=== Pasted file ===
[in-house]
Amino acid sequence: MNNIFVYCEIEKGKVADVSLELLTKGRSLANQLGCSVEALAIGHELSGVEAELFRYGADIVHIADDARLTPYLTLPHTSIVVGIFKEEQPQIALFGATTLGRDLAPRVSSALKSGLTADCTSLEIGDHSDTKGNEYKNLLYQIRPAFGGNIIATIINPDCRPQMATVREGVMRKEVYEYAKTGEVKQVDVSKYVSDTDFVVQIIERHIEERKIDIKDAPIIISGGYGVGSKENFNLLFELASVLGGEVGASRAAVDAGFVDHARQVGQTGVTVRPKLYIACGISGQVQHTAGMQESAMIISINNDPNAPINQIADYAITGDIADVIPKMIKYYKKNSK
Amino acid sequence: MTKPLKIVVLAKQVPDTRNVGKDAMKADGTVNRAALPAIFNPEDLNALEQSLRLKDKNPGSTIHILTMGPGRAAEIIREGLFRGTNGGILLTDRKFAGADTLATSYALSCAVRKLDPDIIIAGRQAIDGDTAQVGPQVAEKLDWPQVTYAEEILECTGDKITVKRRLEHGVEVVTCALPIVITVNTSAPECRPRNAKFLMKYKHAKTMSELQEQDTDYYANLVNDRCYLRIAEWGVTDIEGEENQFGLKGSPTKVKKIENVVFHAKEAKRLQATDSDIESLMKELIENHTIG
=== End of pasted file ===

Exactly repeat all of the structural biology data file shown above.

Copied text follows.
[in-house]
Amino acid sequence: MNNIFVYCEIEKGKVADVSLELLTKGRSLANQLGCSVEALAIGHELSGVEAELFRYGADIVHIADDARLTPYLTLPHTSIVVGIFKEEQPQIALFGATTLGRDLAPRVSSALKSGLTADCTSLEIGDHSDTKGNEYKNLLYQIRPAFGGNIIATIINPDCRPQMATVREGVMRKEVYEYAKTGEVKQVDVSKYVSDTDFVVQIIERHIEERKIDIKDAPIIISGGYGVGSKENFNLLFELASVLGGEVGASRAAVDAGFVDHARQVGQTGVTVRPKLYIACGISGQVQHTAGMQESAMIISINNDPNAPINQIADYAITGDIADVIPKMIKYYKKNSK
Amino acid sequence: MTKPLKIVVLAKQVPDTRNVGKDAMKADGTVNRAALPAIFNPEDLNALEQSLRLKDKNPGSTIHILTMGPGRAAEIIREGLFRGTNGGILLTDRKFAGADTLATSYALSCAVRKLDPDIIIAGRQAIDGDTAQVGPQVAEKLDWPQVTYAEEILECTGDKITVKRRLEHGVEVVTCALPIVITVNTSAPECRPRNAKFLMKYKHAKTMSELQEQDTDYYANLVNDRCYLRIAEWGVTDIEGEENQFGLKGSPTKVKKIENVVFHAKEAKRLQATDSDIESLMKELIENHTIG